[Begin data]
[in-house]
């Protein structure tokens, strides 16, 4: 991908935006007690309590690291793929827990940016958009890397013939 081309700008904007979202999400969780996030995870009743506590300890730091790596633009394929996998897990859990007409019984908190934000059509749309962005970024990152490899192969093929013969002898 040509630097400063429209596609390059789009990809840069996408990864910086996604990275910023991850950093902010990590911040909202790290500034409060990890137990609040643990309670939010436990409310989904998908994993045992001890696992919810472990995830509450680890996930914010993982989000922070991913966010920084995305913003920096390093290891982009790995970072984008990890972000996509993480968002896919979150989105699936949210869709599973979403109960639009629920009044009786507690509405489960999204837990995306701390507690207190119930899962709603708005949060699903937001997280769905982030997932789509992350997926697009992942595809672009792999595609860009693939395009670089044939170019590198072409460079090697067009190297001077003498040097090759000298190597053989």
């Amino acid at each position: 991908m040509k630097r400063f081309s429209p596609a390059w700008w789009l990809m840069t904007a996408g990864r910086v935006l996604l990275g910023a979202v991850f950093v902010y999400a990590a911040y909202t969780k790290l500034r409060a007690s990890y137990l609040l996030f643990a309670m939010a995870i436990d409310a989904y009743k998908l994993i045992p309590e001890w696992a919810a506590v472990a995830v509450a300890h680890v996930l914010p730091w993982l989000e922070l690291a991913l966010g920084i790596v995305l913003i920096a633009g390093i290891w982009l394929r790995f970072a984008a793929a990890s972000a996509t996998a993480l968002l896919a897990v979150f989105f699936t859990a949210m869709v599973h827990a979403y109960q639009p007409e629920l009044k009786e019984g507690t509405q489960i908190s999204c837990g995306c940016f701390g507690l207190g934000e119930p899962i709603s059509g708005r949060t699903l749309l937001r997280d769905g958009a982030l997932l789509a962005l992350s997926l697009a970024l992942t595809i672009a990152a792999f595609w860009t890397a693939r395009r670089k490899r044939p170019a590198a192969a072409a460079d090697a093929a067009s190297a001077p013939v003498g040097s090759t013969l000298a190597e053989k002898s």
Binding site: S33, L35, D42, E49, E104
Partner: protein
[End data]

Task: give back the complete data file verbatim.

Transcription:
[in-house]
């Protein structure tokens, strides 16, 4: 991908935006007690309590690291793929827990940016958009890397013939 081309700008904007979202999400969780996030995870009743506590300890730091790596633009394929996998897990859990007409019984908190934000059509749309962005970024990152490899192969093929013969002898 040509630097400063429209596609390059789009990809840069996408990864910086996604990275910023991850950093902010990590911040909202790290500034409060990890137990609040643990309670939010436990409310989904998908994993045992001890696992919810472990995830509450680890996930914010993982989000922070991913966010920084995305913003920096390093290891982009790995970072984008990890972000996509993480968002896919979150989105699936949210869709599973979403109960639009629920009044009786507690509405489960999204837990995306701390507690207190119930899962709603708005949060699903937001997280769905982030997932789509992350997926697009992942595809672009792999595609860009693939395009670089044939170019590198072409460079090697067009190297001077003498040097090759000298190597053989």
């Amino acid at each position: 991908m040509k630097r400063f081309s429209p596609a390059w700008w789009l990809m840069t904007a996408g990864r910086v935006l996604l990275g910023a979202v991850f950093v902010y999400a990590a911040y909202t969780k790290l500034r409060a007690s990890y137990l609040l996030f643990a309670m939010a995870i436990d409310a989904y009743k998908l994993i045992p309590e001890w696992a919810a506590v472990a995830v509450a300890h680890v996930l914010p730091w993982l989000e922070l690291a991913l966010g920084i790596v995305l913003i920096a633009g390093i290891w982009l394929r790995f970072a984008a793929a990890s972000a996509t996998a993480l968002l896919a897990v979150f989105f699936t859990a949210m869709v599973h827990a979403y109960q639009p007409e629920l009044k009786e019984g507690t509405q489960i908190s999204c837990g995306c940016f701390g507690l207190g934000e119930p899962i709603s059509g708005r949060t699903l749309l937001r997280d769905g958009a982030l997932l789509a962005l992350s997926l697009a970024l992942t595809i672009a990152a792999f595609w860009t890397a693939r395009r670089k490899r044939p170019a590198a192969a072409a460079d090697a093929a067009s190297a001077p013939v003498g040097s090759t013969l000298a190597e053989k002898s």
Binding site: S33, L35, D42, E49, E104
Partner: protein